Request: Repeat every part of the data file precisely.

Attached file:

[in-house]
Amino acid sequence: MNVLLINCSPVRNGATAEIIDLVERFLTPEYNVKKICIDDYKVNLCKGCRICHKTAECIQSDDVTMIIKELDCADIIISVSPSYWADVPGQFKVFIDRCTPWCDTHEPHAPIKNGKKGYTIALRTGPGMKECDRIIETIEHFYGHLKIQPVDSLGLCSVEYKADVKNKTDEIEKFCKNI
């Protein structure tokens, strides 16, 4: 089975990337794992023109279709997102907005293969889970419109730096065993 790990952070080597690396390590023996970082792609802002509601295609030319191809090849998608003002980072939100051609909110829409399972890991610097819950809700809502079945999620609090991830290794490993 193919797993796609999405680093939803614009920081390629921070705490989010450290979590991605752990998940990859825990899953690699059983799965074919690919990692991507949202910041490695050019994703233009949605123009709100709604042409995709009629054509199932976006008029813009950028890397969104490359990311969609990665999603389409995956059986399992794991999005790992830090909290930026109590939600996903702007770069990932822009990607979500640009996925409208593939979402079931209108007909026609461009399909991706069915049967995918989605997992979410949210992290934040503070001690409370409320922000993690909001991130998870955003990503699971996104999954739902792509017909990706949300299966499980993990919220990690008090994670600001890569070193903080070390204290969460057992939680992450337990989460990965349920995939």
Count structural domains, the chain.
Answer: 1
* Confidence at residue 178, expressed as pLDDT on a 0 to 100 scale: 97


[in-house]
Amino acid sequence: MNVLLINCSPVRNGATAEIIDLVERFLTPEYNVKKICIDDYKVNLCKGCRICHKTAECIQSDDVTMIIKELDCADIIISVSPSYWADVPGQFKVFIDRCTPWCDTHEPHAPIKNGKKGYTIALRTGPGMKECDRIIETIEHFYGHLKIQPVDSLGLCSVEYKADVKNKTDEIEKFCKNI
């Protein structure tokens, strides 16, 4: 089975990337794992023109279709997102907005293969889970419109730096065993 790990952070080597690396390590023996970082792609802002509601295609030319191809090849998608003002980072939100051609909110829409399972890991610097819950809700809502079945999620609090991830290794490993 193919797993796609999405680093939803614009920081390629921070705490989010450290979590991605752990998940990859825990899953690699059983799965074919690919990692991507949202910041490695050019994703233009949605123009709100709604042409995709009629054509199932976006008029813009950028890397969104490359990311969609990665999603389409995956059986399992794991999005790992830090909290930026109590939600996903702007770069990932822009990607979500640009996925409208593939979402079931209108007909026609461009399909991706069915049967995918989605997992979410949210992290934040503070001690409370409320922000993690909001991130998870955003990503699971996104999954739902792509017909990706949300299966499980993990919220990690008090994670600001890569070193903080070390204290969460057992939680992450337990989460990965349920995939």
Count structural domains, the chain.
Answer: 1
* Confidence at residue 178, expressed as pLDDT on a 0 to 100 scale: 97